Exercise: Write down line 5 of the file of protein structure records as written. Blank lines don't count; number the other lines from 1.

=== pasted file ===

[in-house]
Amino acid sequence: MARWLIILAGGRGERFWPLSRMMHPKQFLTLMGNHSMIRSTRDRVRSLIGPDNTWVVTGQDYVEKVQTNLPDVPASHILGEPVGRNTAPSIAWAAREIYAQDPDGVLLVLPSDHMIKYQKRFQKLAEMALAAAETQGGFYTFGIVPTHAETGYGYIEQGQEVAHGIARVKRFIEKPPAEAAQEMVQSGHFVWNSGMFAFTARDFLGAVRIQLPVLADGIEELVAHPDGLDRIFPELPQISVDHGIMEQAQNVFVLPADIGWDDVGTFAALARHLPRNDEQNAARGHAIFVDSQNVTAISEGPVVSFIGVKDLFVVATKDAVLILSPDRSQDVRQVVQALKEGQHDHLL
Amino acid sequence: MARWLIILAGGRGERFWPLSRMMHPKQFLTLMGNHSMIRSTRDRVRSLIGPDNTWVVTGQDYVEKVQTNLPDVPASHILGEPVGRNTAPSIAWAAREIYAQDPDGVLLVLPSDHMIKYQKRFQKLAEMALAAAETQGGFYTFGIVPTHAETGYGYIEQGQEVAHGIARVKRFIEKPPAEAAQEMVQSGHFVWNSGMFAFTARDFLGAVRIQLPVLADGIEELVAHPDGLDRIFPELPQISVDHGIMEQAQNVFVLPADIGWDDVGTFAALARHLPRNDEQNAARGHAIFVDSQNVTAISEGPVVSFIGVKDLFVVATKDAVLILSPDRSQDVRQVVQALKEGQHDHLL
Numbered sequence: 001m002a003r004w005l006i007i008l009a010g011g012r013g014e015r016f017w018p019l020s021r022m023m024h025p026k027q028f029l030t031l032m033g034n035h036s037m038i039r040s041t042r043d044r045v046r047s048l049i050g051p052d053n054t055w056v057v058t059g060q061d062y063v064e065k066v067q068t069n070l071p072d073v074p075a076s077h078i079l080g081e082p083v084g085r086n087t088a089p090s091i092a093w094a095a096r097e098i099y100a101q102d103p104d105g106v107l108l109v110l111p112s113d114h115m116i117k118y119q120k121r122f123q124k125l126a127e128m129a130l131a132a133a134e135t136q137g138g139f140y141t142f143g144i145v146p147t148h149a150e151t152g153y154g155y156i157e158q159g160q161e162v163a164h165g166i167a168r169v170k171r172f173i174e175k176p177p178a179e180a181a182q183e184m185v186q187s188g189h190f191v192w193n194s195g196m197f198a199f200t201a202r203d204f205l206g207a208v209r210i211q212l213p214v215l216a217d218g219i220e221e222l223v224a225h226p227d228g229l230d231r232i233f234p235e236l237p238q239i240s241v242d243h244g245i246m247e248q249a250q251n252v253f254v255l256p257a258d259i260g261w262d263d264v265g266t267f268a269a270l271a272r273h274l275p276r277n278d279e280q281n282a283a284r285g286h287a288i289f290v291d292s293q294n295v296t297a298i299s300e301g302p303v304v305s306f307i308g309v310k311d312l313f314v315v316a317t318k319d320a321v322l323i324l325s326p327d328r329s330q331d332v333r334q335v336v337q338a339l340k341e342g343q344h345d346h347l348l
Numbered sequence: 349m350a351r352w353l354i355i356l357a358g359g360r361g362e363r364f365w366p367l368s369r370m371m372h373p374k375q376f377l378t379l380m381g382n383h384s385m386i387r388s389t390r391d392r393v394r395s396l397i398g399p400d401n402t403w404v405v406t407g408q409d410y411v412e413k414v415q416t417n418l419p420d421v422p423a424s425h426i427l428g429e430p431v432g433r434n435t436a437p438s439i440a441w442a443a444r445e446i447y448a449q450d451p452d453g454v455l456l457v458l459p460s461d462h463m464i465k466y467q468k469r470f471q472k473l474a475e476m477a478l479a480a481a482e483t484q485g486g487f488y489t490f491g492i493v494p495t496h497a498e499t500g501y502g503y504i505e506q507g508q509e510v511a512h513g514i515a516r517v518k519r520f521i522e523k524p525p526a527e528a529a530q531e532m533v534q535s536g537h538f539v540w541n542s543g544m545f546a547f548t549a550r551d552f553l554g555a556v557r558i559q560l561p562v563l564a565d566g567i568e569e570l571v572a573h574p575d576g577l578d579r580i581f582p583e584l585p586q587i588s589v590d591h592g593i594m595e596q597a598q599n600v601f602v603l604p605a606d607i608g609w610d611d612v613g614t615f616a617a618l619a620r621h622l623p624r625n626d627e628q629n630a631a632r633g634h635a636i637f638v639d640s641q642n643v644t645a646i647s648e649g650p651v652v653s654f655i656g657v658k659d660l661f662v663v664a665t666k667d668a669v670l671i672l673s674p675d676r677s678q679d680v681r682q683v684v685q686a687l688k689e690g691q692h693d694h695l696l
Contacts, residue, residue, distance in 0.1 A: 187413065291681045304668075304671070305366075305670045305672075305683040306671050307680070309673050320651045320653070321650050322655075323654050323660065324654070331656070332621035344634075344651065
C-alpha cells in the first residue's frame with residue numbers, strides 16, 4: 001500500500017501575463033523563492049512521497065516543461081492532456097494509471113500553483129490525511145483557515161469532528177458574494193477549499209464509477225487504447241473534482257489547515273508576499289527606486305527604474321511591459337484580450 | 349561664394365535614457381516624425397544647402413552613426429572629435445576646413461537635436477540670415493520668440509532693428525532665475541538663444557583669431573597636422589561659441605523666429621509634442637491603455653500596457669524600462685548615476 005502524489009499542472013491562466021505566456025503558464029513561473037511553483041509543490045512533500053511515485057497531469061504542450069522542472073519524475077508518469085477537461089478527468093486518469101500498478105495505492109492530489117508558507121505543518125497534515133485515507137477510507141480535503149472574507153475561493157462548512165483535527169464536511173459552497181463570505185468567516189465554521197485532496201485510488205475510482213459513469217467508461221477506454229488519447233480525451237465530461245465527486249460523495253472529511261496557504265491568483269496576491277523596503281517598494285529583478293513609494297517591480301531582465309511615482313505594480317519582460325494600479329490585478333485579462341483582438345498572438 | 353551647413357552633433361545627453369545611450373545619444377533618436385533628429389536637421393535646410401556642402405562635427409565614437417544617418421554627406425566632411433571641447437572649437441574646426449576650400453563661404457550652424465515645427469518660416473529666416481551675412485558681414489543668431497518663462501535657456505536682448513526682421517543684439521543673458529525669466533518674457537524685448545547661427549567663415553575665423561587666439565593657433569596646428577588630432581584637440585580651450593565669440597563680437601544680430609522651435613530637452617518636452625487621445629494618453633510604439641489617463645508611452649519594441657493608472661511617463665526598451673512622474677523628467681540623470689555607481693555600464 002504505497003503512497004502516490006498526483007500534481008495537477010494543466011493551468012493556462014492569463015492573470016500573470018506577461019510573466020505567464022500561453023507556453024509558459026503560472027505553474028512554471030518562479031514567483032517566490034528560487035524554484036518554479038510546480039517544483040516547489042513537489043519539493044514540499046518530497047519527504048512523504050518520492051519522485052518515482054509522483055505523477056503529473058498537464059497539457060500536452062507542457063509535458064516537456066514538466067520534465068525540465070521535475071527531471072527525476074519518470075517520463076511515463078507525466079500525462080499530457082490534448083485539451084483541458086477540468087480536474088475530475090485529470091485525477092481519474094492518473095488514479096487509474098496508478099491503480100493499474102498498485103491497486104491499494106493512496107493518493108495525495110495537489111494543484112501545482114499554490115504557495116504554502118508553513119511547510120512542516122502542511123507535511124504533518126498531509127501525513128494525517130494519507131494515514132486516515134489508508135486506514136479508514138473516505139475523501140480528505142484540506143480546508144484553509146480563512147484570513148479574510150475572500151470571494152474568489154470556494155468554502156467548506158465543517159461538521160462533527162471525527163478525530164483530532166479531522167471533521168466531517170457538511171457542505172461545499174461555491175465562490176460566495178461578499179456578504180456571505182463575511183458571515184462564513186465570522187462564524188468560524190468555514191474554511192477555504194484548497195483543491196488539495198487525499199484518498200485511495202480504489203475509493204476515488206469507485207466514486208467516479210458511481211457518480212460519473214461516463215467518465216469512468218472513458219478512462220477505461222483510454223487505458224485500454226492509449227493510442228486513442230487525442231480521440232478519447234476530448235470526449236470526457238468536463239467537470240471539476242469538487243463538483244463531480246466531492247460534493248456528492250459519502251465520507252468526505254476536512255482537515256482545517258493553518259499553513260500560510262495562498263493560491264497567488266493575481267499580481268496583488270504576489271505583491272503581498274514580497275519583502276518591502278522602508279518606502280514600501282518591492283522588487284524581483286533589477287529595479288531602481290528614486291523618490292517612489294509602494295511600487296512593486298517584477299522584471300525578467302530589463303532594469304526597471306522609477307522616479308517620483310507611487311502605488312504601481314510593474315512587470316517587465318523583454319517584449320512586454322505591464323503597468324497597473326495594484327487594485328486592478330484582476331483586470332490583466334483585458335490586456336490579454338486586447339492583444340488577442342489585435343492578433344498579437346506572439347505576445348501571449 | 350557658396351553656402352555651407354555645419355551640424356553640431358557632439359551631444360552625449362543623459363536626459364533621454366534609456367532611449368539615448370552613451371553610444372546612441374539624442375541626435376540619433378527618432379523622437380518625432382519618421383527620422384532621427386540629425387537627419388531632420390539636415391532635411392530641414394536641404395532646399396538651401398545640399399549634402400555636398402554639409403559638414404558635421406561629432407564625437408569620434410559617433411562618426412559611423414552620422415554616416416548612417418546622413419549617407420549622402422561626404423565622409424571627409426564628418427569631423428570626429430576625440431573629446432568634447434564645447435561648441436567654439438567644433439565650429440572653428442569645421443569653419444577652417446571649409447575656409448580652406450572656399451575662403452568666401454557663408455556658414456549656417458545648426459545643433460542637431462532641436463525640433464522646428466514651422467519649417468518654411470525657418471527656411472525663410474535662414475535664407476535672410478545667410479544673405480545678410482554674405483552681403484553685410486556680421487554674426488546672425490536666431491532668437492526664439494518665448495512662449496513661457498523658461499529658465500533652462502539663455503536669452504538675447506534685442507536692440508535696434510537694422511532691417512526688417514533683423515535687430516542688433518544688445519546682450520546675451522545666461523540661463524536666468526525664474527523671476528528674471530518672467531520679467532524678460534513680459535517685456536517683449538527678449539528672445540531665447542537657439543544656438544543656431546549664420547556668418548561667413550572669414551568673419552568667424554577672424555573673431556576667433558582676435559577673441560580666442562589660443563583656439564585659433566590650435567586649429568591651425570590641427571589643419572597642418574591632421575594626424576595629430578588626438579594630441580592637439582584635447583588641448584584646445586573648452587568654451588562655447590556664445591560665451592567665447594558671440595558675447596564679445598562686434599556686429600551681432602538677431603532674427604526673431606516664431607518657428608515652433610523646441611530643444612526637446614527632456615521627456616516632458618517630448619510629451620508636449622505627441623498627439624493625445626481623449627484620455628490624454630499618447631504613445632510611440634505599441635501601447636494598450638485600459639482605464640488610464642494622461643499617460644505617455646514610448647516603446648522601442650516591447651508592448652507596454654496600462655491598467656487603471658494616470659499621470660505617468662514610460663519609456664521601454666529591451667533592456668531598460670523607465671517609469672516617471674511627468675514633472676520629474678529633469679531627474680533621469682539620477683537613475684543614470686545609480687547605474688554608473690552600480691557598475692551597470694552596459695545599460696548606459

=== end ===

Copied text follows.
Numbered sequence: 349m350a351r352w353l354i355i356l357a358g359g360r361g362e363r364f365w366p367l368s369r370m371m372h373p374k375q376f377l378t379l380m381g382n383h384s385m386i387r388s389t390r391d392r393v394r395s396l397i398g399p400d401n402t403w404v405v406t407g408q409d410y411v412e413k414v415q416t417n418l419p420d421v422p423a424s425h426i427l428g429e430p431v432g433r434n435t436a437p438s439i440a441w442a443a444r445e446i447y448a449q450d451p452d453g454v455l456l457v458l459p460s461d462h463m464i465k466y467q468k469r470f471q472k473l474a475e476m477a478l479a480a481a482e483t484q485g486g487f488y489t490f491g492i493v494p495t496h497a498e499t500g501y502g503y504i505e506q507g508q509e510v511a512h513g514i515a516r517v518k519r520f521i522e523k524p525p526a527e528a529a530q531e532m533v534q535s536g537h538f539v540w541n542s543g544m545f546a547f548t549a550r551d552f553l554g555a556v557r558i559q560l561p562v563l564a565d566g567i568e569e570l571v572a573h574p575d576g577l578d579r580i581f582p583e584l585p586q587i588s589v590d591h592g593i594m595e596q597a598q599n600v601f602v603l604p605a606d607i608g609w610d611d612v613g614t615f616a617a618l619a620r621h622l623p624r625n626d627e628q629n630a631a632r633g634h635a636i637f638v639d640s641q642n643v644t645a646i647s648e649g650p651v652v653s654f655i656g657v658k659d660l661f662v663v664a665t666k667d668a669v670l671i672l673s674p675d676r677s678q679d680v681r682q683v684v685q686a687l688k689e690g691q692h693d694h695l696l